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Starfall

by Diana Kolpak; Kathleen Finlay, photog.

In Starfall, Toronto performer, writer, and director Diana Kolpak has transferred her considerable theatrical skills to the page. Enlivened by Kathleen Finlay’s striking photography, Starfall tells the story of Meera, a lonely clown who dreams of warmth and sunshine in a world of ice. Meera’s world is surreal and wintry, made cold and forbidding by the absence of stars, which have all fallen from the sky.

When a dreamlike voice whispers that Meera must look for three signs to find the stars – believe, be brave, and shine – she sets out on her journey. On the way, she travels through strange, magical places and encounters a few friendly strangers who help her find the pathway to the stars. Meera goes up against the evil Spinner, who snatches all those who cross his path, and later meets a “tall, tall man” who tells her she has recovered the stars with “the kiss on your cheek, the strength in your steps, the hope in your heart.” Meera realizes that the light she seeks is within her, and lets it shine, returning all of the stars to the sky and melting away the ice and snow.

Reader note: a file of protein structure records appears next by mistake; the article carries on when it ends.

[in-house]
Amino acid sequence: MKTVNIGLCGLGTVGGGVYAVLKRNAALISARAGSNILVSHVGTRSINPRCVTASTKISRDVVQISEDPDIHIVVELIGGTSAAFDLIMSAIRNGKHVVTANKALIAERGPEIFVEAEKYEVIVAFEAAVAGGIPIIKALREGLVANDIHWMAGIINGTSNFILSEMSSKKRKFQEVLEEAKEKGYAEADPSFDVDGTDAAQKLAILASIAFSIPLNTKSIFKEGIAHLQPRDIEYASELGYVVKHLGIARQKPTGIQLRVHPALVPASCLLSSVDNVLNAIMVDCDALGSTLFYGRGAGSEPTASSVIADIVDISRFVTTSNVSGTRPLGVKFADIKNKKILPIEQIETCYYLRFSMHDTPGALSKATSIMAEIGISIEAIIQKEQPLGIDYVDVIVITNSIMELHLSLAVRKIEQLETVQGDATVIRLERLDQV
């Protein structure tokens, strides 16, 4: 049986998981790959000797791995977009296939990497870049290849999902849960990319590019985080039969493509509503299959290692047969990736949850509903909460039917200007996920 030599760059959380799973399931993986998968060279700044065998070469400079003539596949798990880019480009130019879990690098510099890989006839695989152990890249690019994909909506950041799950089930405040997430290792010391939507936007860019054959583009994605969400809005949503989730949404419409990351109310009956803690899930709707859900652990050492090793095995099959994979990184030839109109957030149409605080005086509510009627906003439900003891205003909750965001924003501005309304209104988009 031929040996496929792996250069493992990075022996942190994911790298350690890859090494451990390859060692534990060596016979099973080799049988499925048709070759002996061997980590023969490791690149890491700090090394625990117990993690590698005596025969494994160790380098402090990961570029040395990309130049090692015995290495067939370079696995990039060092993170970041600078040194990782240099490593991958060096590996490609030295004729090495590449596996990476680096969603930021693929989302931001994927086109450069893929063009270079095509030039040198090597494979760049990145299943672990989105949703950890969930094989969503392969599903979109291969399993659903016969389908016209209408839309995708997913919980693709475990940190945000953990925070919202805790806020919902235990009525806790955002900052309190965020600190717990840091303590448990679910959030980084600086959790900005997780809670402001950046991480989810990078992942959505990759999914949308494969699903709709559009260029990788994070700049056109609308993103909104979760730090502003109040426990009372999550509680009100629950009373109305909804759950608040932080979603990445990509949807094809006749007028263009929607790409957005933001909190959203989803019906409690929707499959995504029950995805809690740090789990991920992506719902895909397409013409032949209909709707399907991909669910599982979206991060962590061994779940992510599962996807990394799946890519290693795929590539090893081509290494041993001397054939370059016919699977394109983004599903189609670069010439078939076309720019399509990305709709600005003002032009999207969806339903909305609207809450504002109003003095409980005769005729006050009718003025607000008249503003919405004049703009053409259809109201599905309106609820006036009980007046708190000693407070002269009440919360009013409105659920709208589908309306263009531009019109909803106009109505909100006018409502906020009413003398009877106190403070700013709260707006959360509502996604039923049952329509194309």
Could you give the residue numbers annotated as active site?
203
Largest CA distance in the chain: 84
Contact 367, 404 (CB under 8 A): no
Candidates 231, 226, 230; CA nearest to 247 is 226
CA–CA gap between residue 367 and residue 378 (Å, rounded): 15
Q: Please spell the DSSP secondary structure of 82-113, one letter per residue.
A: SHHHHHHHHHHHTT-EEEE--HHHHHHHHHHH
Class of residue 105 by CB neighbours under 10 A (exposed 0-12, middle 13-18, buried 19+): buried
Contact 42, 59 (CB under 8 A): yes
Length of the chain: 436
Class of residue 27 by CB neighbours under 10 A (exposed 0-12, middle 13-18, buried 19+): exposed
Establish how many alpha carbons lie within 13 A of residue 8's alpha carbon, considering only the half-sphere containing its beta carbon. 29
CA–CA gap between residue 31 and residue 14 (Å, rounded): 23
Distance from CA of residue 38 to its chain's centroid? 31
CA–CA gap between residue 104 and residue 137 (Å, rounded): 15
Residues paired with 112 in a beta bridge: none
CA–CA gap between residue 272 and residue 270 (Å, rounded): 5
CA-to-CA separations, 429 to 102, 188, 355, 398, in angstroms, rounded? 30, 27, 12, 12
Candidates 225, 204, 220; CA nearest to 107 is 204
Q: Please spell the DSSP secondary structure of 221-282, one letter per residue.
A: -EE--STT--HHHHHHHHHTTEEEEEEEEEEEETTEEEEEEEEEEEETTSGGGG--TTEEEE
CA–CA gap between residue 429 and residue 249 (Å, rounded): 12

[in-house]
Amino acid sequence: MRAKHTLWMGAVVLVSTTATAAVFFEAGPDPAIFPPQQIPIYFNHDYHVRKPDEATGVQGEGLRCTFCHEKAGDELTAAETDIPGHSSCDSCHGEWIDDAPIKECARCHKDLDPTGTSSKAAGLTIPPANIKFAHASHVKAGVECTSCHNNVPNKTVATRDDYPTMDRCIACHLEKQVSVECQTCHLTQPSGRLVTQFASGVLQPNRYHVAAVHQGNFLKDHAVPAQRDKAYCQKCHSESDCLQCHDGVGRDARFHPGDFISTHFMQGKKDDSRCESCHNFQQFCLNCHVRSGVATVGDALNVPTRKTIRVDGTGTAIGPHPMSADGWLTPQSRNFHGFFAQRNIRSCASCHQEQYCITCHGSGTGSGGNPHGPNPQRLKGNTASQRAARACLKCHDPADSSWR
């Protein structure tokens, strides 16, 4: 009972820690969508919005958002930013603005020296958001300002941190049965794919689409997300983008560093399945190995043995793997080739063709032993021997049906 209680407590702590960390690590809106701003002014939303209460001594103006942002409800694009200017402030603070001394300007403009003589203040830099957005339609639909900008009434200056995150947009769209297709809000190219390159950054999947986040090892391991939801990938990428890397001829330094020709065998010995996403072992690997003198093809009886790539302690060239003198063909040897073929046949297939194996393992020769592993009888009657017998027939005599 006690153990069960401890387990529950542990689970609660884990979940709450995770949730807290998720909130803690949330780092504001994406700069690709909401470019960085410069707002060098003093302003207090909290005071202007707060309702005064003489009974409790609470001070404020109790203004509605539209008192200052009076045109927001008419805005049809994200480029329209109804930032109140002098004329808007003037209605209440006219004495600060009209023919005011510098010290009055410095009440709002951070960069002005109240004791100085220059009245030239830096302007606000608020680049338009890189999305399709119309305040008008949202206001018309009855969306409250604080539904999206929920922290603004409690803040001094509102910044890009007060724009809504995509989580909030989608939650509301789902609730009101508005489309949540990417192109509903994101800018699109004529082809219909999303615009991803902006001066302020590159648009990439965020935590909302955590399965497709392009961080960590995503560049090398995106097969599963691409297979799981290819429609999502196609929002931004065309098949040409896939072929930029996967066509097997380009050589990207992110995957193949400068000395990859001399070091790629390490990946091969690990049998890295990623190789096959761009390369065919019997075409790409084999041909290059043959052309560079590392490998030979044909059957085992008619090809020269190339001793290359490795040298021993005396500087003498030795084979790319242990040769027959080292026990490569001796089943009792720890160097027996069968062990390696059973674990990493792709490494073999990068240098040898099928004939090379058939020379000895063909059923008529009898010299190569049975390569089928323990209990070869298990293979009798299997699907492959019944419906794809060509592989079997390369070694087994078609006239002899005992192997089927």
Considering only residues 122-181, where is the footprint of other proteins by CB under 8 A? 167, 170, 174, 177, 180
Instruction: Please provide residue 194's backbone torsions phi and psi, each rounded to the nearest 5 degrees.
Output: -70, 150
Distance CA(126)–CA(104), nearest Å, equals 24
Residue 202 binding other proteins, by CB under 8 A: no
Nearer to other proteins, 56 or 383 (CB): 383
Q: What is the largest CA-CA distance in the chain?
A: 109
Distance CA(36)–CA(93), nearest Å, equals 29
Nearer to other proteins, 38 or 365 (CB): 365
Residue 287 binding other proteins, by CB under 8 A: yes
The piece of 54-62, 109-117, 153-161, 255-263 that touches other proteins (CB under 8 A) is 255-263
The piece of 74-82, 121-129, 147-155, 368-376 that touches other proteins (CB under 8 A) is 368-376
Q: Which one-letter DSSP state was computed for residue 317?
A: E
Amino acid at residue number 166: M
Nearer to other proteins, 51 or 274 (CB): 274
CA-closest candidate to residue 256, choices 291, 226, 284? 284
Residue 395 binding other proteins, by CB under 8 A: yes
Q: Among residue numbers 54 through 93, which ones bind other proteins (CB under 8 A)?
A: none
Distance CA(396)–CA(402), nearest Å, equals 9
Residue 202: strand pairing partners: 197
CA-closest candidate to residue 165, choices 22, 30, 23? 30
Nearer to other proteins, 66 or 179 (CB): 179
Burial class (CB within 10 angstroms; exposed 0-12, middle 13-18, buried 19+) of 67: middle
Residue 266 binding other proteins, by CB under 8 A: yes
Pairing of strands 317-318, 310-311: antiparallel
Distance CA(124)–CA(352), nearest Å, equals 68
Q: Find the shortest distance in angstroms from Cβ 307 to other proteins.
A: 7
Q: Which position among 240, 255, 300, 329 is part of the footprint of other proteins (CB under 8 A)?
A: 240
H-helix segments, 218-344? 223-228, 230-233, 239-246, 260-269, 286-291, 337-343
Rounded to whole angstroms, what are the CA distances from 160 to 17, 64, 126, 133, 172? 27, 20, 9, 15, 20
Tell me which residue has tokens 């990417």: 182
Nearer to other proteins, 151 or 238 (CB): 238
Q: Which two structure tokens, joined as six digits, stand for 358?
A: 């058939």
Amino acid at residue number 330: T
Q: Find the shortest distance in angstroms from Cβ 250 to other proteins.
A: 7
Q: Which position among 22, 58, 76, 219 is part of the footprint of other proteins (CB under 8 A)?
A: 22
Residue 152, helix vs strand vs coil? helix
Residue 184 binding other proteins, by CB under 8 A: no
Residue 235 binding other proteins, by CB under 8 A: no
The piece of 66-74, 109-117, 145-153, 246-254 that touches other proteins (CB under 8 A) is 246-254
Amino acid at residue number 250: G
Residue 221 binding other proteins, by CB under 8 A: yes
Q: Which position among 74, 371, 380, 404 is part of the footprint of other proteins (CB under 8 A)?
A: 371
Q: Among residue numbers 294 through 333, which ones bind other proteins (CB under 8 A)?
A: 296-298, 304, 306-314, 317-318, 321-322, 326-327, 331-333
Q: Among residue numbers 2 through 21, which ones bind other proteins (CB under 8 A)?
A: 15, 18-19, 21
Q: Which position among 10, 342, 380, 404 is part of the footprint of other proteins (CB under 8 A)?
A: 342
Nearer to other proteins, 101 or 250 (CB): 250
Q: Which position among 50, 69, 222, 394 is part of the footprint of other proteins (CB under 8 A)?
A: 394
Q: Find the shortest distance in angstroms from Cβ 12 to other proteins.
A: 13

Starfall presents a starkly beautiful, original world. Finlay’s images are sophisticated, fantastical, and unique, though a couple of the photos – such as the person caught by the Spinner in a swath of fabric – may be a little disturbing for younger readers. However, Kolpak’s lyrical, melodic prose is reassuring, and in spite of its light tone, the story works on two levels: as a whimsical tale about a clown, and as an allegory for the triumph of courage and belief over evil and darkness.